Our Supplier Code of Conduct and compliance screening processes are the foundation of our responsible sourcing program for goods and services. Responsible sourcing of goods and services is led by our Global Supply Chain Sustainability Manager under the oversight of the SLT with support from the Human Rights Working Group. This work is a significant task, as it equates to over 20,000 suppliers that provide a wide variety of goods and services – from small catering businesses in remote locations to large multinationals that produce heavy machinery. In 2020, we began implementation of an advanced risk and data-based responsible sourcing framework using a combination of tools in the contracting and supplier qualification process. The system enables both screening and advanced risk assessment, tracks supplier progress against any required action plans, and enables more direct collaboration with our suppliers throughout the contract life cycle.
In 2020, we also prioritized increasing transparency in our local procurement spending to enhance visibility and to encourage increasing opportunities for local suppliers where feasible. For example, we joined WEConnect International, a global network that connects women-owned businesses to qualified buyers around the world, working to enable them to compete in the global marketplace.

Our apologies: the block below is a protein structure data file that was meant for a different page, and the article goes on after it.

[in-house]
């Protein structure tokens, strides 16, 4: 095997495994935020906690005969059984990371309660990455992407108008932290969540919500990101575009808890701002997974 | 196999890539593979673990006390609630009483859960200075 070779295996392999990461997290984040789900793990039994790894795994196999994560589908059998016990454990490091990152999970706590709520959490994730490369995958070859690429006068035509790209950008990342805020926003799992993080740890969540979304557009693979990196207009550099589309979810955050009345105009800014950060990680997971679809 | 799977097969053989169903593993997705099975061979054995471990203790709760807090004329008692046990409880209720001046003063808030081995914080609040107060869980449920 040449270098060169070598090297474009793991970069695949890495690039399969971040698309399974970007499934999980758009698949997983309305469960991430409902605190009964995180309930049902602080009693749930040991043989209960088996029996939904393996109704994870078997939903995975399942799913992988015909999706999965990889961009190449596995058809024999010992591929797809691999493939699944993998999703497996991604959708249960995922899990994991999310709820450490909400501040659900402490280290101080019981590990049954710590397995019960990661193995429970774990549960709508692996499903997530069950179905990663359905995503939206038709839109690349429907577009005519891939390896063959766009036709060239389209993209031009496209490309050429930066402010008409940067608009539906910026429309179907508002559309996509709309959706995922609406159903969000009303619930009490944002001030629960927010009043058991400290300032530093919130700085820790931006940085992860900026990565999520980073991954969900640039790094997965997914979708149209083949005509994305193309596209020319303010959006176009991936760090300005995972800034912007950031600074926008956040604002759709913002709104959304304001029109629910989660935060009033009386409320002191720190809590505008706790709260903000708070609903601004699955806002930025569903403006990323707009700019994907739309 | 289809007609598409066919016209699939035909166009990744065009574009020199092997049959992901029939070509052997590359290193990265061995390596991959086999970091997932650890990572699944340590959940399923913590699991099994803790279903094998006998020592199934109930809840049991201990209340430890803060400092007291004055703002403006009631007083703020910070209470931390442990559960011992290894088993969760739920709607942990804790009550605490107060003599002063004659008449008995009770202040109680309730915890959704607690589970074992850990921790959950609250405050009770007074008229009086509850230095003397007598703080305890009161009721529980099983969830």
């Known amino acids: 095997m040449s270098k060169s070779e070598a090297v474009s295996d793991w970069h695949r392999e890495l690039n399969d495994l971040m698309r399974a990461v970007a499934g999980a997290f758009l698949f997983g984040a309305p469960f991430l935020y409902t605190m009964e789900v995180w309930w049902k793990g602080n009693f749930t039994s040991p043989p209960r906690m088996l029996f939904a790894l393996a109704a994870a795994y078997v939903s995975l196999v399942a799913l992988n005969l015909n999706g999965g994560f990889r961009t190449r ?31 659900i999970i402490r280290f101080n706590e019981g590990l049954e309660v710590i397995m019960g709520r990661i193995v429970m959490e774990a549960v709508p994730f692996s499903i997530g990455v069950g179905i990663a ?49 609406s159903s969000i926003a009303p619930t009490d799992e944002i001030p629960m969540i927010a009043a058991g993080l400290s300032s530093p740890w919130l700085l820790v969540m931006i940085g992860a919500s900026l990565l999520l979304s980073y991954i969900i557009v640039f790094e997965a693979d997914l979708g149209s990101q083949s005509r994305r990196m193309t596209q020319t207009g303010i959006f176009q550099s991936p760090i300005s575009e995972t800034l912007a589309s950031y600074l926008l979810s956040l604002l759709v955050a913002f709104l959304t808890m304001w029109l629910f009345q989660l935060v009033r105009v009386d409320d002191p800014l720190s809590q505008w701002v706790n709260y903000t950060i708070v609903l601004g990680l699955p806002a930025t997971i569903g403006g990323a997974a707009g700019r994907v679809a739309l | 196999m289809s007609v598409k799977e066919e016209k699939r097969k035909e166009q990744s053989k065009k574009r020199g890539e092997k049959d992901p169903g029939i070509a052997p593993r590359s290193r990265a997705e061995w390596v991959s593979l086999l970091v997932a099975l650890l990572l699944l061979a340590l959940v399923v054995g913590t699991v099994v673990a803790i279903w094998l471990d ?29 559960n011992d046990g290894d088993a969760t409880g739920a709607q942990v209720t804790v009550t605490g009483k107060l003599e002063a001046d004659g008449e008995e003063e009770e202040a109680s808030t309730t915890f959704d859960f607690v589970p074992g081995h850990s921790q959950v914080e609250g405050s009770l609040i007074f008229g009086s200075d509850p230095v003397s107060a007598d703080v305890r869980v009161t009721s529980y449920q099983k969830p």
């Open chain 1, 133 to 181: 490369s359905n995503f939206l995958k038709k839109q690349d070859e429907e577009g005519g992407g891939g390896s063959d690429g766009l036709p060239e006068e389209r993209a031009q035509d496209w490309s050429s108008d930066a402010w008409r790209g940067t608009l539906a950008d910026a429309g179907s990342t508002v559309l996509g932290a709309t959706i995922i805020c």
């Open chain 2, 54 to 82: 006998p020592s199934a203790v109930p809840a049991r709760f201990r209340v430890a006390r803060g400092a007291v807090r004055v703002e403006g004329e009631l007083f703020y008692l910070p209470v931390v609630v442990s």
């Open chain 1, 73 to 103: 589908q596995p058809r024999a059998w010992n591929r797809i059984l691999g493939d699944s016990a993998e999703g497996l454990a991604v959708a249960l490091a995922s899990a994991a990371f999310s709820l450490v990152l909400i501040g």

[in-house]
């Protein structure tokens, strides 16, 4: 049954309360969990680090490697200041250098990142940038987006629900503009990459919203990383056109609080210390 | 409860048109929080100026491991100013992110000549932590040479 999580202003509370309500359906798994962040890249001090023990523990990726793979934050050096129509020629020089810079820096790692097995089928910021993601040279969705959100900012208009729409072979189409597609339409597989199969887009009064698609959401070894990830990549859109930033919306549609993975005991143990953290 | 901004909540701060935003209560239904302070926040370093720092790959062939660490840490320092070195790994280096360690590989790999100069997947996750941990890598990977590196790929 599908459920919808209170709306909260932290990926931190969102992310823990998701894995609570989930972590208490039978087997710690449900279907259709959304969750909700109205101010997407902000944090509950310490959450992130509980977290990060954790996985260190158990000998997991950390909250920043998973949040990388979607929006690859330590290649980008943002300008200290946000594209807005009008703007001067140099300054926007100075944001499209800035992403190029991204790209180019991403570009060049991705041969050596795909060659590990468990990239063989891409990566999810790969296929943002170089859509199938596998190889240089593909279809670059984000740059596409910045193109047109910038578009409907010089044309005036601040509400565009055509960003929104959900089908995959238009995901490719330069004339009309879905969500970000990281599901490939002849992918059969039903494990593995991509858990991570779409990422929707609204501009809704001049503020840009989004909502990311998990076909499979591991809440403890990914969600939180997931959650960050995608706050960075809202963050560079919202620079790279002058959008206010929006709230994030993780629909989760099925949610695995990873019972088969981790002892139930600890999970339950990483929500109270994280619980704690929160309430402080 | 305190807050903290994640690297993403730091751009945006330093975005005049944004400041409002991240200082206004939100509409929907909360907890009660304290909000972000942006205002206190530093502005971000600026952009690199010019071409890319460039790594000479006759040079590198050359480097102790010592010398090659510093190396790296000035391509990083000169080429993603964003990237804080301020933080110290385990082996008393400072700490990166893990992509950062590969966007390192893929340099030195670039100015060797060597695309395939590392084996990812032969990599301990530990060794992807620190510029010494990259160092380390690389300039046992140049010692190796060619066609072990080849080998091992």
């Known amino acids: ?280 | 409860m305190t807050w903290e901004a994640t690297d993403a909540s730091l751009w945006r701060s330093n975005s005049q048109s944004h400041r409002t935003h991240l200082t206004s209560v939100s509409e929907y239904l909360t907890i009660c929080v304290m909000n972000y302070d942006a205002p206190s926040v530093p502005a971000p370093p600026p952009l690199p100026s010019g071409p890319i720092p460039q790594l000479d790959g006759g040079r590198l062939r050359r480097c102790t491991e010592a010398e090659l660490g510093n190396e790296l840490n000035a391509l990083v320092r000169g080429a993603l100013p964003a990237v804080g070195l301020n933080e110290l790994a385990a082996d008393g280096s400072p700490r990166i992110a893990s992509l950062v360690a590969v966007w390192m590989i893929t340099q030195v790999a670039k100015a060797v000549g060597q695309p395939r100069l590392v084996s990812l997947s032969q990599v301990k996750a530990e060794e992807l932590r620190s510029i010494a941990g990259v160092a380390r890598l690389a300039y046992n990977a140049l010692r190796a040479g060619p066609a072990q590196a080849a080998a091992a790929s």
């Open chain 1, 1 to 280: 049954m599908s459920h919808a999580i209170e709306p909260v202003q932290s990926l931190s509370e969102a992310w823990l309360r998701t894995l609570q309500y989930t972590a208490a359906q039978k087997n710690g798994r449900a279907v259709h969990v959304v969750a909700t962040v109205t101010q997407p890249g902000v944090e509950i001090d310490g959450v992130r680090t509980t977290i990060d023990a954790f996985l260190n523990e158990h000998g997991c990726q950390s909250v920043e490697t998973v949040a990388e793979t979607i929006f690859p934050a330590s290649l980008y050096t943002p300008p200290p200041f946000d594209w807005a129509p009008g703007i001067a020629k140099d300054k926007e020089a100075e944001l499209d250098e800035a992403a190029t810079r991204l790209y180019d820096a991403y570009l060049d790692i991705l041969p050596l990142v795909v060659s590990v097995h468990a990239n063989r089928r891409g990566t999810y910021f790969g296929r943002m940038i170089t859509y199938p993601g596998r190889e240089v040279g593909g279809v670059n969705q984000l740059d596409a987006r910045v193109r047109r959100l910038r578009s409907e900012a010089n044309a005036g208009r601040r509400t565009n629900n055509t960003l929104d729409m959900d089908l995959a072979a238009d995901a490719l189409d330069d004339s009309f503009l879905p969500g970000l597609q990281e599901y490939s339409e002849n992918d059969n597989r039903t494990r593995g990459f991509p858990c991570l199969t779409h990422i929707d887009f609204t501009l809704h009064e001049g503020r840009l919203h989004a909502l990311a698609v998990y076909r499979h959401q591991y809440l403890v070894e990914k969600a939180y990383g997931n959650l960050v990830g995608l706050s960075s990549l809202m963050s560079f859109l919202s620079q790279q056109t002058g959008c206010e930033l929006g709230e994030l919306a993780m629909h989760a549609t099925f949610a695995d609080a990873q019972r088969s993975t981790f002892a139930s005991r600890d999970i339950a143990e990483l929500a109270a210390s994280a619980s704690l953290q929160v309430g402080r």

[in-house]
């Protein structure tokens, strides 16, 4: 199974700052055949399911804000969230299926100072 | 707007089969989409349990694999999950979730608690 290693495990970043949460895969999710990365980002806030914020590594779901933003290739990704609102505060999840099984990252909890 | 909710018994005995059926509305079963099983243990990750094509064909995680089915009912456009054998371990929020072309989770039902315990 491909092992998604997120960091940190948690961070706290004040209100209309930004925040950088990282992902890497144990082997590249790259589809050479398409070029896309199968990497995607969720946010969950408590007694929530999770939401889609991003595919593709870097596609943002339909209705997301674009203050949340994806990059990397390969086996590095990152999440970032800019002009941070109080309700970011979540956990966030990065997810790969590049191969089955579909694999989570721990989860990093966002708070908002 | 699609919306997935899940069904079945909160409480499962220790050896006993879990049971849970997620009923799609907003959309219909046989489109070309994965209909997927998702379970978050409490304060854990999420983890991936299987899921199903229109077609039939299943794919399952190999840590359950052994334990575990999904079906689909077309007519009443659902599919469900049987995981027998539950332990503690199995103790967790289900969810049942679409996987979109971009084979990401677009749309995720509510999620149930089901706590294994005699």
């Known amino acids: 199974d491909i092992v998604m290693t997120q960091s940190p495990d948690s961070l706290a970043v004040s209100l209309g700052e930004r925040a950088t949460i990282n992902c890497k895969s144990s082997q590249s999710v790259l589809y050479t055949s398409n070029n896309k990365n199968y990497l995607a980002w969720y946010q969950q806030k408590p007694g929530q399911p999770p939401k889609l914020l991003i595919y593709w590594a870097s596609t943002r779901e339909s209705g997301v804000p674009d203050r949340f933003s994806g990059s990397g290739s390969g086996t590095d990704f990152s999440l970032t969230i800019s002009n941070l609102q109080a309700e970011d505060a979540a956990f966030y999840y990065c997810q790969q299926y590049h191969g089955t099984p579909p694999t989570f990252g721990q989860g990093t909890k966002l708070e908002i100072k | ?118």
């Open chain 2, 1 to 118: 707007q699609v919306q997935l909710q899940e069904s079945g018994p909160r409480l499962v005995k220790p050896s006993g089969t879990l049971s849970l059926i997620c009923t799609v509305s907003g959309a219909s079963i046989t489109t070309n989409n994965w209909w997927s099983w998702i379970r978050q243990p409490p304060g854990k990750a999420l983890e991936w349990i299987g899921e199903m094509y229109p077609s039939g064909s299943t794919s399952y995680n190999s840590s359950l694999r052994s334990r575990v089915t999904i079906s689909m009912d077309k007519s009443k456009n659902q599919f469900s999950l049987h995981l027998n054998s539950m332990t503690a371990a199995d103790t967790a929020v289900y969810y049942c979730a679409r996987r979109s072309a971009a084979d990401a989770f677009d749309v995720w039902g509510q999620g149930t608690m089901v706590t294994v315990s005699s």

Our global supply chain team also worked with local suppliers when cleaning supplies and Personal Protective Equipment (PPE) became scarce during the onset of COVID-19. In Colorado, a collaboration with local sustainable distilleries produced a reliable and sustainable source of generic wipes and cleaning solutions. In Arizona, local hardware stores provided PPE such as face coverings. These examples demonstrate our commitment to support our local communities and the critical role they play in daily operations.
RESPONSIBLE SOURCING OF MINERALS & METALS
In 2019, we adopted and published our Responsible Sourcing of Minerals Policy, which commits the business to identifying and mitigating human rights violations in our supply chains of minerals and metals used in our downstream processing facilities. The Policy describes how we implement the OECD Guidelines on Mineral Supply Chains in Conflict-Affected and High-Risk Areas in our supply chain of minerals and metals. It is critical to address the requirements of the new London Metals Exchange Policy on Responsible Sourcing, where we trade several of our products. It is also a requirement of both the ICMM Mining Principles and the Copper Mark. We previously implemented a similar policy at our Kokkola cobalt refinery in Finland. In 2019 and 2020, we implemented the new policy across our copper business and smelter operations. We are working to implement it across our molybdenum operations in 2021.